The aerial parts of Dysphania ambrosioides (L.) Mosyakin and Clemants, Amaranthaceae, were collected in the Medicinal Plant Garden of the Anápolis Campus of Exact and Technological Sciences (CCET), at the Universidade Estadual de Goiás (16°17′13.8″S; 48°57′22.7″W), in the Botanical Garden of Goiânia, Goiás, Brazil (16°19′36″S; 48°57′10″W), and in residential backyards of the cities of Anápolis (16°19′52.2″S 48°56′29.7″W, 16°22′52.9″S 48°57′17.4″W, 16°20′44.4″S 48°58′25.0″W), Goiânia (16°19′36″S 48°57′10″W), Itapuranga (15°33′49.2″S 49°57′01.6″W) and Pirenópolis (15°51′21.5″S 48°56′30.2″W). The voucher specimens were deposited in the herbarium of the Universidade Estadual de Goiás (registers HUEG11387-11392, 11873). The samples were dried at 40 °C in an oven with circulation and air renewal, pulverized in a knife mill and pooled to form a homogeneous material. The loss on drying was of 8.65% ± 0.03, determined according to WHO (2011).

Validation of a spectrophotometric method for the determination of flavonoids

For the quantification of flavonoids, expressed as rutin equivalents, the method proposed by Rolim et al. (2005) with adaptations was used. Briefly, for the extraction of the flavonoids, to 1 g of the plant drug was added enough 70% ethanol (w/w) to complete 10 ml, and the material was kept in an ultrasonic bath (Unique mod. USC – 2800 A, frequency 40 kHz and potency 154 W) for 30 min at room temperature. The extract was filtered with filter paper, and 100 µl of the filtrate was diluted in 3900 µl of a solution composed of methanol and 0.02 M acetic acid (99:1), followed by spectrophotometer reading (model SP22 Biospectro) at 364 nm, using a solution of methanol in acetic acid 0.02 M (99:1) as blank. The calculation of the flavonoid content, expressed as rutin equivalents, was performed using the equation obtained from the linear regression analysis of the calibration curve of the rutin standard Sigma Aldrich, (St. Louis, MO, USA).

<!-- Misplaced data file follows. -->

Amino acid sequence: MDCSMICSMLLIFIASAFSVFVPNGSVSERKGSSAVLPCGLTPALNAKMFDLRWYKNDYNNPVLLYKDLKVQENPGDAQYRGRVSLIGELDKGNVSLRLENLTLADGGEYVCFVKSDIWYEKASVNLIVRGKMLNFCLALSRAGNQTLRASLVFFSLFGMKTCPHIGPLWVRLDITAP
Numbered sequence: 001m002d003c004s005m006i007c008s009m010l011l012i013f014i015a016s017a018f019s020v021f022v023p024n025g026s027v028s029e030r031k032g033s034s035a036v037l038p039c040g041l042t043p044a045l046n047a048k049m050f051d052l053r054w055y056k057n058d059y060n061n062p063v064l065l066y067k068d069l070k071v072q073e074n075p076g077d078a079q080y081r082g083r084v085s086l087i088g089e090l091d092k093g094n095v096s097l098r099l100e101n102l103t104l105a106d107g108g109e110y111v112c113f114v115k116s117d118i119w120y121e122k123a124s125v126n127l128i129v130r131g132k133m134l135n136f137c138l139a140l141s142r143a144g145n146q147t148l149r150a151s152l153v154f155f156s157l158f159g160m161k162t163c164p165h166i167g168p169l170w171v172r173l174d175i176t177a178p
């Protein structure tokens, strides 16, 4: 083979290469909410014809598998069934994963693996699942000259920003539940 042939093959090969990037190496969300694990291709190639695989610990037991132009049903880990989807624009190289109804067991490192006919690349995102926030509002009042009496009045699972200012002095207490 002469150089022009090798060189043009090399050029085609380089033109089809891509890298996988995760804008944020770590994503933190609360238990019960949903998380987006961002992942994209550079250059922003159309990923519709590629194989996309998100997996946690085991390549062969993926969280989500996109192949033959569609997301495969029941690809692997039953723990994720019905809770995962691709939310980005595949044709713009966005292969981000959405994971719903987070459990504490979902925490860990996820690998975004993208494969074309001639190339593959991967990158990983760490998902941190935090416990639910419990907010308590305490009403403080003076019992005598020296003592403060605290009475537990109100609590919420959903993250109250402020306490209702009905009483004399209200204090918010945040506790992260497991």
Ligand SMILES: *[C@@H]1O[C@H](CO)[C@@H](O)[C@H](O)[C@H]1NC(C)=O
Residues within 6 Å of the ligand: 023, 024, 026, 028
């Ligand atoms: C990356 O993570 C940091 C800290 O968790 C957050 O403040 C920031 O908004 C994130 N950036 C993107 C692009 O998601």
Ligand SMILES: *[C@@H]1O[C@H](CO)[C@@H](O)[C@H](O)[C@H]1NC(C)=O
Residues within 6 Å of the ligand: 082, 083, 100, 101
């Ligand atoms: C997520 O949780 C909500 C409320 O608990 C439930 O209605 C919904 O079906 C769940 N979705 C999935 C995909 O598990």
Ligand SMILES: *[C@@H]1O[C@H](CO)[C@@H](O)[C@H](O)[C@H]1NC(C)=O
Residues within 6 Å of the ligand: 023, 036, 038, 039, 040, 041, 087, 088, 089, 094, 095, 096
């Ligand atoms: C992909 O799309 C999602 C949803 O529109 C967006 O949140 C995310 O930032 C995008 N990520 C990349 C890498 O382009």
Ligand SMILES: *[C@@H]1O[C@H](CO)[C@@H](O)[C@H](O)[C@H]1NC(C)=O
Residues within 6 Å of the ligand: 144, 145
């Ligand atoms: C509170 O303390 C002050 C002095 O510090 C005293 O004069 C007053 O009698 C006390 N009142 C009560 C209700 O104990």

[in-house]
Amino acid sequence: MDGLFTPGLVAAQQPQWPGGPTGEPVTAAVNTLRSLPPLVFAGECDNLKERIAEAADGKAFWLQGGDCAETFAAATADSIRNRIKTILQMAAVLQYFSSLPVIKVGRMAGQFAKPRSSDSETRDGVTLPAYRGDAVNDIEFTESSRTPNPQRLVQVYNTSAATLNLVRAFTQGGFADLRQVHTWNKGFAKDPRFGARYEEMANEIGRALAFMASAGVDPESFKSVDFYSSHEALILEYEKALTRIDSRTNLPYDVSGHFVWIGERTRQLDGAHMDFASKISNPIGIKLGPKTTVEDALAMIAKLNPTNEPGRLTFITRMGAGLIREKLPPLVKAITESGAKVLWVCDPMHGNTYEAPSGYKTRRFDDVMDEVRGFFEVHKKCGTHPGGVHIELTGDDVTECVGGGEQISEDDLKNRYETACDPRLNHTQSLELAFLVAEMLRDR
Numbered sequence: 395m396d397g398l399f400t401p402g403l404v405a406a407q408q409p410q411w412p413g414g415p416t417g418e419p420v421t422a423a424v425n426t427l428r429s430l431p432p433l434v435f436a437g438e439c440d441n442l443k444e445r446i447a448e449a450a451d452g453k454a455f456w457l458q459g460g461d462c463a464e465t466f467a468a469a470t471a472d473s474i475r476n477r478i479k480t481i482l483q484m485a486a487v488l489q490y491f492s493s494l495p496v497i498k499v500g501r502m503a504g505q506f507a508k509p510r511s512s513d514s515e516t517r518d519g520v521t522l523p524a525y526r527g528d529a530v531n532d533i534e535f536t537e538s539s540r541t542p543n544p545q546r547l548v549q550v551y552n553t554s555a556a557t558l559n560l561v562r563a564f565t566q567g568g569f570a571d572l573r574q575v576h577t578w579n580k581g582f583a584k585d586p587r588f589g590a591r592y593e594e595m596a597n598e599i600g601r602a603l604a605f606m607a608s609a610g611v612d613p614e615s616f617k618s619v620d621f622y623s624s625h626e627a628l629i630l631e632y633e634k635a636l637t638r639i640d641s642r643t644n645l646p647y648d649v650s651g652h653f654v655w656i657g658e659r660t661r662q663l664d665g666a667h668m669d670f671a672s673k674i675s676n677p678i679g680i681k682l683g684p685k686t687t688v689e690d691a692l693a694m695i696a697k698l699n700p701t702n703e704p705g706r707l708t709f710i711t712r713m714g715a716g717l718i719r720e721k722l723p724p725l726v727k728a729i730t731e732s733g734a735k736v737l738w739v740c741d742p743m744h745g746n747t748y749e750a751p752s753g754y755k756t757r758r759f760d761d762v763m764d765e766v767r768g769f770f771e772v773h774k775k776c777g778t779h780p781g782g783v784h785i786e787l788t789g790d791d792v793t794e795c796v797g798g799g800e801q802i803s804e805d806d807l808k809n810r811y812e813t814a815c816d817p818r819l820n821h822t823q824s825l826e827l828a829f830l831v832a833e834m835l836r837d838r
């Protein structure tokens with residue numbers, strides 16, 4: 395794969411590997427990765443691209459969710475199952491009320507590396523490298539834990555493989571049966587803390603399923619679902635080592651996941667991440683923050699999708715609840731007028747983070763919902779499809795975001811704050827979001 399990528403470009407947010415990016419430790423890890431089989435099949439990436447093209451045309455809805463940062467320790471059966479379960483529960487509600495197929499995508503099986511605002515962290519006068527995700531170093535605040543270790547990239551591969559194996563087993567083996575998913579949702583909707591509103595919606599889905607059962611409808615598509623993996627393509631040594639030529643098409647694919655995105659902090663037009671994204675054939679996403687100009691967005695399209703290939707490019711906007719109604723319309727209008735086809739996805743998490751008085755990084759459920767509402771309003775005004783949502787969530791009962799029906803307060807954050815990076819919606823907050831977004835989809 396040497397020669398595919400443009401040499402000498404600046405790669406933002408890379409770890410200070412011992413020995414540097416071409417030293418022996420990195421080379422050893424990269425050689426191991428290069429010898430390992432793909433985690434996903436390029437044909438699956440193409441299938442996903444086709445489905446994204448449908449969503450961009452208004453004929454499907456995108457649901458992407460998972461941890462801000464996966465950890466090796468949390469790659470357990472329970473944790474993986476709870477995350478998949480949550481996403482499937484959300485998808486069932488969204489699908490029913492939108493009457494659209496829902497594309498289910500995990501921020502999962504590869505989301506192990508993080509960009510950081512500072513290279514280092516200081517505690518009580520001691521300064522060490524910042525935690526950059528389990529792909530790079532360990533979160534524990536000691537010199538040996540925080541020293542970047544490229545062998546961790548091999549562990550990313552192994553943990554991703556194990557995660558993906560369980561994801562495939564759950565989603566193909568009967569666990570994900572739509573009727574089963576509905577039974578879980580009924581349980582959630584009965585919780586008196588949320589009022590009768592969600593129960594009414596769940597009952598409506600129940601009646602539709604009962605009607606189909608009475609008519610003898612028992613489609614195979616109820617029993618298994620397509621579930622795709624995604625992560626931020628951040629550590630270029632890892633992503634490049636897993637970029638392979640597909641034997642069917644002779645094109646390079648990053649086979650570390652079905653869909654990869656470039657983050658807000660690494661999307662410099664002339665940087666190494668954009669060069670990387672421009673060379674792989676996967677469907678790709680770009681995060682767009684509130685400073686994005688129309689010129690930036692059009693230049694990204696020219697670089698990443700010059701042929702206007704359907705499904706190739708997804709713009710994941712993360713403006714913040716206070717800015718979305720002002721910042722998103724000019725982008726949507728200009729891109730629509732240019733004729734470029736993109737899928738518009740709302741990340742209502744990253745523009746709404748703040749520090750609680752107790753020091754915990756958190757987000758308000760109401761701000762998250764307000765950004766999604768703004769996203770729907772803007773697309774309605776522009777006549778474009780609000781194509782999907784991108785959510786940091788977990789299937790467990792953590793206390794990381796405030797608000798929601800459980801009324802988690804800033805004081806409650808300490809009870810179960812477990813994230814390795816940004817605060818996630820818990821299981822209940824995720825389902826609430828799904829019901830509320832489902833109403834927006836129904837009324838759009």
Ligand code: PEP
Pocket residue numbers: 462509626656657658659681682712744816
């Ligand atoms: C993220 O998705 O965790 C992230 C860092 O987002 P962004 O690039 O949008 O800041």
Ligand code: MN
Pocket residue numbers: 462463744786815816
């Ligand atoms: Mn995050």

The validation of the spectrophotometric method was performed according to parameters established by the International Conference on the Harmonization (ICH) of Technical Requirements for the Registration of Pharmaceuticals for Human Use (ICH, 2005) and Brazilian legislation (Anvisa, 2017). The selectivity of the method was verified through seven spectrophotometric readings of the extract at 364 nm, and compared with the reading of the rutin standard at the theoretical concentration (16 µg/ml) at the same wavelength. The percentage of recovery in the samples was calculated by the ratio between the concentration of flavonoids, as rutin equivalents, obtained in each sample and the theoretical concentration of the standard, multiplied by 100.

The linearity of the method was determined by the calibration curve obtained from seven levels of concentration of the rutin standard (1.25, 2.5, 5.0, 10.0, 20.0, 30.0, 40.0 µg/ml), prepared in triplicate, independently. The matrix effect was determined by comparing the angular coefficients from calibration curves constructed from samples strengthened with the standard and from standard only (in the same concentrations used in linearity), prepared in triplicate, independently.

The limits of detection and quantification were estimated based on parameters of the analytical curve. The precision was determined from six spectrophotometric readings of the sample (at 100% of total flavonoid concentration), individually prepared and performed intraday (repeatability) and interday (intermediate precision).

The accuracy was determined by the recovery method from the spectrophotometric reading of the samples with flavonoid concentrations, as rutin equivalents, corresponding to the low, medium, and high concentrations of the linear range, and strengthened with the standard (16 µg/ml) in these same conditions, prepared in triplicate, independently.

The robustness of the method was analyzed by obtaining the flavonoid concentration, as rutin equivalents, in the sample under the original conditions of the method and after slight variations in sample extraction time (40, 45, 60 min), solvent mark (Neon and JT Baker) and wavelength (364, 366 nm). All the statistical analyses were performed at a significance level of 5%, using the Action Stat software (version 3.0) (Action Stat (2014)) coupled to Excel 2016.

Optimization of the ultrasound-assisted extraction (UAE) of flavonoids, expressed as rutin equivalents